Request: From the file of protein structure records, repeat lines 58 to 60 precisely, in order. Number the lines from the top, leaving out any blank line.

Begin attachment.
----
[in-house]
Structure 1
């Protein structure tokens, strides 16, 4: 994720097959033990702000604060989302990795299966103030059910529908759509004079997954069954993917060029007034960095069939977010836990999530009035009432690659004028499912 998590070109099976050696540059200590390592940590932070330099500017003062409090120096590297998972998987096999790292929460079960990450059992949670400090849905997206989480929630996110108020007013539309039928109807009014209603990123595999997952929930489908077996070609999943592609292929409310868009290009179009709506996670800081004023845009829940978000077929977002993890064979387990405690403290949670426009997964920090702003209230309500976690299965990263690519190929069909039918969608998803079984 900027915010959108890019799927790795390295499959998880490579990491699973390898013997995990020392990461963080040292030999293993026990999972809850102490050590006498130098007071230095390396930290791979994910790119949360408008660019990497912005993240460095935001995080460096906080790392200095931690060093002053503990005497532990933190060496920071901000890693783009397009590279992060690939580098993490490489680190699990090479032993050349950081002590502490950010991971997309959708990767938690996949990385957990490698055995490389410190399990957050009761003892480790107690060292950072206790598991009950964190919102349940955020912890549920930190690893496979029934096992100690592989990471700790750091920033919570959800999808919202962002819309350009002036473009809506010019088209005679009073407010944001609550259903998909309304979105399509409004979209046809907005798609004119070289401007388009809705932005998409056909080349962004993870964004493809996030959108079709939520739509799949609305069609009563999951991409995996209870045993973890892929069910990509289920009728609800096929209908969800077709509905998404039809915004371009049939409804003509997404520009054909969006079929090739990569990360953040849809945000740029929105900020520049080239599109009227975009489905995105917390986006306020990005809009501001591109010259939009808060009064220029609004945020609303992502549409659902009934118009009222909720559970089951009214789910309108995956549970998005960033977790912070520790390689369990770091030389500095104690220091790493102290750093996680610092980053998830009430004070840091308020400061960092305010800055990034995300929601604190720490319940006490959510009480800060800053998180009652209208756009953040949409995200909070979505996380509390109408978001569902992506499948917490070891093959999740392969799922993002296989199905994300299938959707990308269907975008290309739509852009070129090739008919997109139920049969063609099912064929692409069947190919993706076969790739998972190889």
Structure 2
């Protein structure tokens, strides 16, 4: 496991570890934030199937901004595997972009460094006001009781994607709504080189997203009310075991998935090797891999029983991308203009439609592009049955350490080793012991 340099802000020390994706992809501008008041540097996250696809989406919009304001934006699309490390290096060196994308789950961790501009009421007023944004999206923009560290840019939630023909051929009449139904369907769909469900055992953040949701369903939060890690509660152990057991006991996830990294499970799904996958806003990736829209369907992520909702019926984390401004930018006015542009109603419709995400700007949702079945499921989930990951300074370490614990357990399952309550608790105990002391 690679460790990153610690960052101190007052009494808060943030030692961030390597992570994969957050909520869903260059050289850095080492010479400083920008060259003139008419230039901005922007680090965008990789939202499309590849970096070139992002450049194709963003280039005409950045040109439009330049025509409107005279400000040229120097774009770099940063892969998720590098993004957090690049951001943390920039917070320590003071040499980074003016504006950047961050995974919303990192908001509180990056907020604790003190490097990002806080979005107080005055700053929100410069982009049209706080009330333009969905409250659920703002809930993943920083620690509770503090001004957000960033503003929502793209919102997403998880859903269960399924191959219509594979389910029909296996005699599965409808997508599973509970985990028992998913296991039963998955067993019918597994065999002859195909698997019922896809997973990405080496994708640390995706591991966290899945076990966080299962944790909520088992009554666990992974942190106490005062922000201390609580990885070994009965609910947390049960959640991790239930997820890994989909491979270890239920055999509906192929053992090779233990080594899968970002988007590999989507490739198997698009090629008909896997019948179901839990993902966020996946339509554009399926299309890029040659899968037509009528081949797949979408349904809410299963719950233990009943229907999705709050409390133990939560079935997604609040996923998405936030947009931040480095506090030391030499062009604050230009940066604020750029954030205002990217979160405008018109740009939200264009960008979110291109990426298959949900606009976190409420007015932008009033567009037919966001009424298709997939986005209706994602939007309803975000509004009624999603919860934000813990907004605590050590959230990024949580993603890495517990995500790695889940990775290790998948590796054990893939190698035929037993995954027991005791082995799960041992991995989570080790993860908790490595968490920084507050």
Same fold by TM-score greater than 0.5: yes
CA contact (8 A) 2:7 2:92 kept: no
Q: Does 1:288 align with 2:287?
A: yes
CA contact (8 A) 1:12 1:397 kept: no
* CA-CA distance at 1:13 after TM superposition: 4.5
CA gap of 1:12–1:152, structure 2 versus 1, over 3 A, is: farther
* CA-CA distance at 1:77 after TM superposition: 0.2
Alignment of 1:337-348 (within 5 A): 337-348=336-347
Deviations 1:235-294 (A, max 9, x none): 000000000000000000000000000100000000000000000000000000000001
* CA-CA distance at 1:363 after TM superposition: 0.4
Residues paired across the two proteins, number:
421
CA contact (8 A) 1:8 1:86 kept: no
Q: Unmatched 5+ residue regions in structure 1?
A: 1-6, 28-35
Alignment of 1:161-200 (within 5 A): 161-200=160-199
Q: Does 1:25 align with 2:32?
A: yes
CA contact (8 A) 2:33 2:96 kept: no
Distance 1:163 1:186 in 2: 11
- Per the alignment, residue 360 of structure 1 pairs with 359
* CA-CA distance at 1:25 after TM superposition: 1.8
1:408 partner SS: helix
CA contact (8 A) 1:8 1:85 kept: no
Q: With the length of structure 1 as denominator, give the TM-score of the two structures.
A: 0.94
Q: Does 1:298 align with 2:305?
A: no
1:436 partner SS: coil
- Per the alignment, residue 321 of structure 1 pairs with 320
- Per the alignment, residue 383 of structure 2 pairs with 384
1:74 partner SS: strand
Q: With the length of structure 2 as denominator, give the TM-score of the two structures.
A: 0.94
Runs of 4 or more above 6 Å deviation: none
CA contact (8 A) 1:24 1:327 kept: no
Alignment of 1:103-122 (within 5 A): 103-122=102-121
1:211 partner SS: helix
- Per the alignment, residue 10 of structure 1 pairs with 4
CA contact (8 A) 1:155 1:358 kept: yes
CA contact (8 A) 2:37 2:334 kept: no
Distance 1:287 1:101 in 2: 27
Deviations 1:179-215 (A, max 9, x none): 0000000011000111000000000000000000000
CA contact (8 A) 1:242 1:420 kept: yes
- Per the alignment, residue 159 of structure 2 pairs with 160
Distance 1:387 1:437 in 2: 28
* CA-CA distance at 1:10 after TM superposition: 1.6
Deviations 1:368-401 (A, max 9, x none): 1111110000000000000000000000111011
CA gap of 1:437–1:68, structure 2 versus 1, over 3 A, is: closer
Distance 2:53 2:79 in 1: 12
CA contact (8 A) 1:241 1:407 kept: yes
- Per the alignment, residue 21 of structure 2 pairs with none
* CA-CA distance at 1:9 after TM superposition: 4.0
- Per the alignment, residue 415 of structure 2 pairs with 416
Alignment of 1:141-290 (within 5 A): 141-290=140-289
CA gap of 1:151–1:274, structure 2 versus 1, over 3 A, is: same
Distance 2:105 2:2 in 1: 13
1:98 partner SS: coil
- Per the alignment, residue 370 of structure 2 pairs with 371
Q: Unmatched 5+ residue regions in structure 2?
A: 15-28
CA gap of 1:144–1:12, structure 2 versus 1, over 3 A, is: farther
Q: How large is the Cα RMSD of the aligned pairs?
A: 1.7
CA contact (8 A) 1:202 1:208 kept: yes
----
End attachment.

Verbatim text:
- Per the alignment, residue 21 of structure 2 pairs with none
* CA-CA distance at 1:9 after TM superposition: 4.0
- Per the alignment, residue 415 of structure 2 pairs with 416